Songwriters are the backbone to the music industry. With this being said, songwriters need to generate income in order to survive, just like everyone else. If songwriters do not receive adequate income in order to do so, they will have to find other ways to make a living. This could crash the music industry. The Music Modernization Act has been established in hopes to aid in the royalties that should come from streaming services. Back in April the Music Modernization Act passed in the House of Representatives when lawmakers voted for it unanimously. This means that if the Senate passes this act and it becomes law, it could potentially save the future of American songwriting.
Did SESAC hear the artists, songwriters, publishers, and fans?
The answer to the above question is yes. SESAC’s CEO, John Josephson released the following statement: “SESAC has been fighting for songwriters since 1931 and continues to do so with its enthusiastic support of the MMA. At the encouragement of Senators closely involved in this legislation, all parties came together to agree on outstanding items related to the MMA including the reform of the Section 115 compulsory license and other important related matters…We share a collective responsibility to help ensure that the MMA benefits all stakeholders in the industry and look forward to the Senate’s consideration of the bill.” It has not been made clear what exactly the compromise necessitates. However, SESAC’s amendment proposal is being withdrawn.
Is it time to celebrate?
The Nashville Songwriters Association International and National Publishers Music Association (NMPA) thinks so! Both organizations celebrate this withdrawal, along with the rest of the opposing music community. The National Publishers Music Association President, David Israelite commented “We are thrilled that we have mutually agreed on a path forward. We are stronger when our music family speaks with one voice and this agreement will allow us to come together to work towards the passage of the MMA. Songwriters need and deserve this bill. We thank the Senators involved for their leadership and guidance.” The Nashville Songwriters Association International said in a statement: “Reaching consensus within the music industry, on what may be the most important songwriter legislation in history, is a win for American songwriters and the broader music community. We are pleased to have put our differences behind us and support this bill in unanimous harmony. The Nashville Songwriters Association International has been a friend and fan of SESAC’s for decades and that is how our relationship will immediately resume.” All music fans rejoiced in the harmonization between the different music organizations. It can be concluded that voices can be heard and that everyone wants what is best for the music industry and community.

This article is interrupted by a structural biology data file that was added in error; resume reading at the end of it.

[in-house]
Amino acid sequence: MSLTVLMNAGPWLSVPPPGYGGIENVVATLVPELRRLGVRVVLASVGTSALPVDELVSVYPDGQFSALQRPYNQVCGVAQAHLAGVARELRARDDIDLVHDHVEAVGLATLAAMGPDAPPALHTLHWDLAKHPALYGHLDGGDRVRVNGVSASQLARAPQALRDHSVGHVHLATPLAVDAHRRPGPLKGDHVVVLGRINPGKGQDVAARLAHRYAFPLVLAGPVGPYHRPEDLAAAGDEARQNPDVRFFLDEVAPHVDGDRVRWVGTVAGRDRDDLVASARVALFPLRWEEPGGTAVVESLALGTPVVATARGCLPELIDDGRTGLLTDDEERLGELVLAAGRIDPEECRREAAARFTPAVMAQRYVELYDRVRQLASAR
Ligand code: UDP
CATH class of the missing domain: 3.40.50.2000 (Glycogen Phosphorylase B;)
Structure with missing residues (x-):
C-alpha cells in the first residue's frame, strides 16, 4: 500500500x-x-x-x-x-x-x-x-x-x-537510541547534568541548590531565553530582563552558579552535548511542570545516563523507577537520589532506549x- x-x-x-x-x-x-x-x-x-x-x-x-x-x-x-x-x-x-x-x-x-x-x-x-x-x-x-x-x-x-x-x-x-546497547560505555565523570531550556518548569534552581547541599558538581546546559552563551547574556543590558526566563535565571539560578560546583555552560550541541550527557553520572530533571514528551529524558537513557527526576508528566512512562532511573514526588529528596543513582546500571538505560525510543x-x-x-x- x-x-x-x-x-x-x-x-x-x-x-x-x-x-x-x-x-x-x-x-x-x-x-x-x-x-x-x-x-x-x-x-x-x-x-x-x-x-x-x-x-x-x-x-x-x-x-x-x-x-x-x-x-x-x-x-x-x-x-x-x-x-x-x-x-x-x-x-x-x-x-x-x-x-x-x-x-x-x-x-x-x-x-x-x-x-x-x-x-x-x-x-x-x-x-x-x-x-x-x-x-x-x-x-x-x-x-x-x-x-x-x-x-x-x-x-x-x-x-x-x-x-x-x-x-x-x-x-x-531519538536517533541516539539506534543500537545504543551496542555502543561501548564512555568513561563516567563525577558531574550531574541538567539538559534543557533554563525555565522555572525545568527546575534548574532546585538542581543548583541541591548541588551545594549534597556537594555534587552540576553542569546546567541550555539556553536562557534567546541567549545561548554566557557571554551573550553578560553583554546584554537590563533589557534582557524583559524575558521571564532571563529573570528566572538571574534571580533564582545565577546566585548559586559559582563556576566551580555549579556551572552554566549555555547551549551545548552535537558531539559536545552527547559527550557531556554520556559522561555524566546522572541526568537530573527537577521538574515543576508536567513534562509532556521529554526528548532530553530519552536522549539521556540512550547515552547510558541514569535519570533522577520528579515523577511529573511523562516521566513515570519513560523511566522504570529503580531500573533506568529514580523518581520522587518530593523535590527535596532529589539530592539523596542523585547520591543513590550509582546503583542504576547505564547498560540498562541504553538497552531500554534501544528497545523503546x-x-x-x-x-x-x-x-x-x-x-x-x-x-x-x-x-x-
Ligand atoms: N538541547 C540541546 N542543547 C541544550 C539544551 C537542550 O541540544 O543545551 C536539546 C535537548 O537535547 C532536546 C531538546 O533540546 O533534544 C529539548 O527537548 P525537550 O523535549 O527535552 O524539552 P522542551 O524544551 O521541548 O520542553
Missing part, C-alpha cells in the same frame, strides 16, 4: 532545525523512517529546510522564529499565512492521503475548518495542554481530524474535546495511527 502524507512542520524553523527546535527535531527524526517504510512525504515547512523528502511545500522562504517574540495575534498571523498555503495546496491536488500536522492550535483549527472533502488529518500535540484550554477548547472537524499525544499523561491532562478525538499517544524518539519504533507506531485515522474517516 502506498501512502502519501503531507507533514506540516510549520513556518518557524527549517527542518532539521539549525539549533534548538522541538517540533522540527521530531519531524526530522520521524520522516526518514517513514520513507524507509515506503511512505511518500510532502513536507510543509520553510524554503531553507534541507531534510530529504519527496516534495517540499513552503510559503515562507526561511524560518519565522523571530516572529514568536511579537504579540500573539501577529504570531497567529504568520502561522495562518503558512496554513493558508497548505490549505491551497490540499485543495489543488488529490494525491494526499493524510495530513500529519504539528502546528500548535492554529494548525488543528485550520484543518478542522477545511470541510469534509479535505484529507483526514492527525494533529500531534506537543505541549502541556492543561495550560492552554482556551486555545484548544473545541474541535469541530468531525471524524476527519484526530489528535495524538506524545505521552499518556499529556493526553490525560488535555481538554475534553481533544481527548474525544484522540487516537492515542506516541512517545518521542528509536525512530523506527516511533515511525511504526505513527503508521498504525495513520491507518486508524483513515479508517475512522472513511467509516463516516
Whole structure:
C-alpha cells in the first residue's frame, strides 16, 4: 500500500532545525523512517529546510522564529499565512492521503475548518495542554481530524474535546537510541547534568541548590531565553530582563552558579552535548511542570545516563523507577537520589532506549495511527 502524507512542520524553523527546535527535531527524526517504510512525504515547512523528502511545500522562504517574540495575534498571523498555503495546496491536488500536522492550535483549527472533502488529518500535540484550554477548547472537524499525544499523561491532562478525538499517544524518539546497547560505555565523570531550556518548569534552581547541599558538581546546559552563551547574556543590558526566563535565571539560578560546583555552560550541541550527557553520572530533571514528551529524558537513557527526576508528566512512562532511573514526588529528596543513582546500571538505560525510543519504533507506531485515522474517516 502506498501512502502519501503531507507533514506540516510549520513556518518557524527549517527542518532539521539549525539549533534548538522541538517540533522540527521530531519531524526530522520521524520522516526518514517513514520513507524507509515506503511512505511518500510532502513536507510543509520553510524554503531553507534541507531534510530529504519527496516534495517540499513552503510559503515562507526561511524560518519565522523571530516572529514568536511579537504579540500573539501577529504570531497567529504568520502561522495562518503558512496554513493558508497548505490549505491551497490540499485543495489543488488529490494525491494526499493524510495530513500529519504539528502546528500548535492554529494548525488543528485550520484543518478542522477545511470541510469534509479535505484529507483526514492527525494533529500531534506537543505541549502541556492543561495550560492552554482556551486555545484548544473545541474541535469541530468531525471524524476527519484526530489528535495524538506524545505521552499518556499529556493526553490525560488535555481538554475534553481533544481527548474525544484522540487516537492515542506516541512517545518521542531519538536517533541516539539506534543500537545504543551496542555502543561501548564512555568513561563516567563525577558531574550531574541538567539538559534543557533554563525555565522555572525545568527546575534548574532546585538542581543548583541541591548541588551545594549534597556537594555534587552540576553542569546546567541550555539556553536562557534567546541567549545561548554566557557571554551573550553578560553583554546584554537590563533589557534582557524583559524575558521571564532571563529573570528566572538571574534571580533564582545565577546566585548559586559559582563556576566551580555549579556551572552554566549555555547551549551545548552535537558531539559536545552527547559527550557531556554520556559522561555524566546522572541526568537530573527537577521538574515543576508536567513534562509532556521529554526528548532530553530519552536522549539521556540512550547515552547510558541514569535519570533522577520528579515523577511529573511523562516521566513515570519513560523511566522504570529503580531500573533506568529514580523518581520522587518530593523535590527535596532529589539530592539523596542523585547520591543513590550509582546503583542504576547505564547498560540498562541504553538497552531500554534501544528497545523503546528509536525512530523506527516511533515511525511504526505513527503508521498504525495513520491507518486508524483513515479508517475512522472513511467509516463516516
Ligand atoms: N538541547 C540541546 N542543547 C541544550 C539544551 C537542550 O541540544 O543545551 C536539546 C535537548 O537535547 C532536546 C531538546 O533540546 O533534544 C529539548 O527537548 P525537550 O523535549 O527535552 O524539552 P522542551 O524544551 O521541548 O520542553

What else can we expect?
Additionally, the Music Modernization Act will create a new criterion for how digital mechanical royalties are calculated. The terms will be more favorable to songwriters. The collective will be in charge of identifying copyright holders and paying them. A royalty will also be created for producers and engineers. It would begin to pay artists internet royalties for songs that were recorded prior to 1972. However, the pre-1972 component of the bill has received some unfavorable response. People are urging senators to pass the bill. However, some senators are hesitant to support the bill until everything has been figured out. Although the amendment originally proposed by SESAC created a hiccup in the MMA process, it has had some positive outcomes. All music organizations are working in unison to reach an agreement that will give songwriters and the music industry the best possible outcome. Everyone hopes to see the MMA passed before the November election. Once there is a new Congress the process starts over. Meaning that the importance of the Music Modernization Act for songwriters is at a do-or-die time.
What does this prove?
This controversy proves that voices can be heard. With the support from artists, songwriters, publishers, advocates, and fans, it can be concluded that each music organization wants what is best for the music industry. It is the first time in music history that all genres and all company affiliations are on the same side. By uniting these organizations, compromises have been made and the Music Modernization Act is back on track to modernize the laws on how royalties are paid out to songwriters and artists in this digital era we are living in.